* MSCI Asia-Pacific index up 0.95 pct, Nikkei rises 1.3 pct
* Spreadbetters expect European stocks to open higher
* Trade salvos taken in stride, but trade war to remain key worry
* Premier Li: Beijing won’t engage in competitive yuan devaluation
* Long-term U.S. yields near 4-mth highs amid ebb in risk aversion
* World FX rates in 2018 tmsnrt.rs/2egbfVh
By Shinichi Saoshiro
TOKYO, Sept 19 (Reuters) - Asian stocks rose across the board on Wednesday as expectations that Beijing would implement stimulus to soften the economic blow from the Sino-U.S. trade war helped Chinese shares rally.
Spreadbetters expected European stocks to follow Asia’s lead and open higher, with Britain’s FTSE rising 0.15 percent, Germany’s DAX adding 0.2 percent and France’s CAC gaining 0.2 percent.
MSCI’s broadest index of Asia-Pacific shares outside Japan rose 0.95 percent. Global equities have been on a steady footing this week as investors looked past the latest escalation in the U.S.-China trade feud, seen by some market participants as less severe than expected.
Hong Kong’s Hang Seng was up 1.3 percent and the Shanghai Composite Index rose more than 1 percent following a surge of 1.8 percent the previous day.
Economists at Bank of America Merrill Lynch wrote China was likely to step up policy easing as a buffer against the negative effects of higher tariffs.
“In our view, both monetary and fiscal easing will likely be rolled out to boost domestic demand and stabilise financial market sentiment,” they said.
Australian stocks added 0.5 percent, South Korea’s KOSPI was little changed and Japan’s Nikkei rose 1.3 percent.
The Trump administration said on Monday it will implement new tariffs of 10 percent on $200 billion of Chinese products on Sept. 24, with the tariffs to go up to 25 percent by the end of 2018.
China hit back, saying it will levy tariffs on about $60 billion worth of U.S. goods, as previously planned, but cut the tariff rates.
“There was relief as the United States set the initial tariffs at 10 percent, rather than the expected 25 percent, seen by some as a gesture that it was buying time for further negotiations,” said Masahiro Ichikawa, senior strategist at Sumitomo Mitsui Asset Management in Tokyo.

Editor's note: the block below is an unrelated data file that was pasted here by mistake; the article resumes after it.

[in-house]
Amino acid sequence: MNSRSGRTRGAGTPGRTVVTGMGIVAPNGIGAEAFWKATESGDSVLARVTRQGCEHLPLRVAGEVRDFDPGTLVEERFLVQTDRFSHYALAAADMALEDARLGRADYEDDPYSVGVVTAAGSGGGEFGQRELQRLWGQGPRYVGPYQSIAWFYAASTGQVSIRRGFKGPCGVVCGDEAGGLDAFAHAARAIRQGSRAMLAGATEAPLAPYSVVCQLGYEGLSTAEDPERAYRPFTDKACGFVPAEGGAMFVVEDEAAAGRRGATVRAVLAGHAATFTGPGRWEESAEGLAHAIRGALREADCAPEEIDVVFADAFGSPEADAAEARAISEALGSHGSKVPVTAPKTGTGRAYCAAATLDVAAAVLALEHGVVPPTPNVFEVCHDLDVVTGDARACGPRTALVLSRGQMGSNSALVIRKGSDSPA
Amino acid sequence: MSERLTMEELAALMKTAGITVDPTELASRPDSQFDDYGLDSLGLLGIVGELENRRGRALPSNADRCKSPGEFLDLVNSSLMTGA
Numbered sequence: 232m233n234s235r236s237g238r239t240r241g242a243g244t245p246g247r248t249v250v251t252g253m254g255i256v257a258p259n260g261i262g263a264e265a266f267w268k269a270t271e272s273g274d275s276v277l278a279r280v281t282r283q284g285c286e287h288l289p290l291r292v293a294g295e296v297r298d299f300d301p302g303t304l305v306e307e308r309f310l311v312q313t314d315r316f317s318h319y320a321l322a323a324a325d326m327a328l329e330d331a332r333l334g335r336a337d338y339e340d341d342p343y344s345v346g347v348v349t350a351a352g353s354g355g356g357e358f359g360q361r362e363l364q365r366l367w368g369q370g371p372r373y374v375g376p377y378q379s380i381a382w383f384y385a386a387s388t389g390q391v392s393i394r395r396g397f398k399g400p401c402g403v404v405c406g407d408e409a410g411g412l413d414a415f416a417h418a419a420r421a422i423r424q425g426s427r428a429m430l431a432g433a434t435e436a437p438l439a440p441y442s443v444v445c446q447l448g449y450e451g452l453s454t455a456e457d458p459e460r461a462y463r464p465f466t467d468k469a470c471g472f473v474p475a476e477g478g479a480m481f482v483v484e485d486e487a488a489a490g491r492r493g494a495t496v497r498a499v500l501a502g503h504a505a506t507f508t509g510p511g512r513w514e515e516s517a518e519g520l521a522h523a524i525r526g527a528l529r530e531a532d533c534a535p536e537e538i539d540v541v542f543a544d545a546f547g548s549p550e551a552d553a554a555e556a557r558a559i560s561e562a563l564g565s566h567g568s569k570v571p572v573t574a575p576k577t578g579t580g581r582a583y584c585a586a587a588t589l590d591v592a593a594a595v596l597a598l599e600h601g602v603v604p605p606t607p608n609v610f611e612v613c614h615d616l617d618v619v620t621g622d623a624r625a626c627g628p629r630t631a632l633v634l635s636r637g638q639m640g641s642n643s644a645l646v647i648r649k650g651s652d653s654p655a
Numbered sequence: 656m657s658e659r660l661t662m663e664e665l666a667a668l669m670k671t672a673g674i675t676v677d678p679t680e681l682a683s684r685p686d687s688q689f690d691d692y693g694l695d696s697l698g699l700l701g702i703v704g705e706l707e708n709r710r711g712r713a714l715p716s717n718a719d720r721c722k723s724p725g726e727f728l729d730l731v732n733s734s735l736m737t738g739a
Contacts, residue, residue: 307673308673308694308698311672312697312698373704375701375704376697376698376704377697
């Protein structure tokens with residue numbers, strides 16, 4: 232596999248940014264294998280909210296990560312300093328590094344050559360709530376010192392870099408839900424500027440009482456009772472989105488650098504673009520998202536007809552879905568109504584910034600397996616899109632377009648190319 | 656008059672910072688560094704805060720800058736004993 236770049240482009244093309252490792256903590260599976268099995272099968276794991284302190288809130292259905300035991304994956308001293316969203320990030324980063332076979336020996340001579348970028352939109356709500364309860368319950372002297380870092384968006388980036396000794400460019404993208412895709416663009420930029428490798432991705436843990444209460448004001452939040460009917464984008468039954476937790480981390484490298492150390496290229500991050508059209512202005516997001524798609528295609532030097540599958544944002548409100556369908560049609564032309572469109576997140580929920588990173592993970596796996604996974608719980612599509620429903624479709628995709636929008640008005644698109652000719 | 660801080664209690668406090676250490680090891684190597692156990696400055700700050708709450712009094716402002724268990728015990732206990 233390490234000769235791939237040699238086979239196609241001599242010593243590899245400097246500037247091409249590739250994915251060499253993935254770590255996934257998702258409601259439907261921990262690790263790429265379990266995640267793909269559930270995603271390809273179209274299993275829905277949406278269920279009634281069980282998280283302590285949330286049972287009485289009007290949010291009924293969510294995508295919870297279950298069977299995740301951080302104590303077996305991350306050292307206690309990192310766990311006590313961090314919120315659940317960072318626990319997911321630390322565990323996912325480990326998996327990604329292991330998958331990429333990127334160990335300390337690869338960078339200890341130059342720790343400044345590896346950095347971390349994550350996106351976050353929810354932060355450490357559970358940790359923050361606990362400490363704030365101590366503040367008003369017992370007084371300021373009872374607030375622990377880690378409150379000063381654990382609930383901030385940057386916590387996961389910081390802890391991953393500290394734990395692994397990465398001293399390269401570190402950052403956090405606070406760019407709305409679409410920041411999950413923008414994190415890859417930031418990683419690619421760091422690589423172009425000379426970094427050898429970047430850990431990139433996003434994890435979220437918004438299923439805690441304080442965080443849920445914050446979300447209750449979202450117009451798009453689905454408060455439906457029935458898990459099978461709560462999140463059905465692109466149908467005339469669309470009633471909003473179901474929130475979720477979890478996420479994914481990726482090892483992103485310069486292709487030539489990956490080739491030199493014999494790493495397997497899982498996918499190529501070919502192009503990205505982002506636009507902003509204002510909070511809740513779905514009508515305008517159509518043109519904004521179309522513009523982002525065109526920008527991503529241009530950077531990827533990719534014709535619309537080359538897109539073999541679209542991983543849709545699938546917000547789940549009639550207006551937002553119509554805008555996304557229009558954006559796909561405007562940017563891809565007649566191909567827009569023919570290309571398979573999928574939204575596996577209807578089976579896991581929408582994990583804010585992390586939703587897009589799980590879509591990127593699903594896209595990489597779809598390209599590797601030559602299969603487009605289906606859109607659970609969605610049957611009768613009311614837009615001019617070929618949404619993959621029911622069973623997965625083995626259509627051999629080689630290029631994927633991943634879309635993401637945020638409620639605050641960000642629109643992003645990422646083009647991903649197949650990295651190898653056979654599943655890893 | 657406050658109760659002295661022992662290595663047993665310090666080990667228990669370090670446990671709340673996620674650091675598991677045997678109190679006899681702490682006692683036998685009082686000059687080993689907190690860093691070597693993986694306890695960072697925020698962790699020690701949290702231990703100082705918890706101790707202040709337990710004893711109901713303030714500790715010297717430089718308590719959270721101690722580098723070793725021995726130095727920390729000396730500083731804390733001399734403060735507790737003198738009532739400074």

While global market reaction to the latest phase of the trade dispute has been relatively limited, the U.S.-China row was expected to heat up - a major worry for investors.
“In reaction to China’s latest retaliatory move, Trump is now highly likely to hit back by adding tariffs to another $267 billion of Chinese goods. The trade war will only escalate,” said Yoshimasa Maruyama, chief market economist at SMBC Nikko Securities in Tokyo.
“It remains to be seen if China holds back its anger and still holds negotiations with the United States. But if it opts not to, we’ll have to brace for the trade conflict dragging on into 2019.”
U.S. Treasury Secretary Steven Mnuchin last week invited top Chinese officials to a new round of talks, but speculation has risen that Beijing would decline to attend after Washington fired its latest trade salvo.
LONG-TERM U.S. YIELDS AT 4-MONTH HIGHS
China’s yuan was up 0.15 percent at 6.8504 per dollar in onshore trade, supported by comments from Premier Li Keqiang that Beijing would not weaken its currency to boost exports.
The Australian dollar, seen as a gauge of risk sentiment, stretched its overnight rally and rose to a near three-week peak of $0.7255.
Safe-haven U.S. Treasuries were sold and their yields rose on the back of improved investor risk appetite.
The benchmark 10-year Treasury yield stood at 3.049 percent after touching 3.059 percent overnight, its highest since May 23.
The rise in yields in turn propped up the dollar, which climbed to a two-month high of 112.43 yen.
The yen showed little reaction to the Bank of Japan’s well-anticipated decision on Wednesday to keep monetary policy steady.
The BOJ also maintained its 10-year Japanese government bond yield target at around zero percent.
The euro inched up 0.05 percent to $1.1674.
The pound shook off modest overnight losses and rose to $1.3175, its highest since July 26. Growing confidence that Britain and the European Union can secure an agreement has encouraged investors to buy sterling.
Crude oil prices consolidated after rallying the previous day on signs that OPEC would not be prepared to raise output to address shrinking supplies from Iran, and as Saudi Arabia signalled an informal target near current levels.
Brent crude futures was nearly flat at $79.04 a barrel following a rally of 1.25 percent on Tuesday. (Editing by Sam Holmes and Eric Meijer)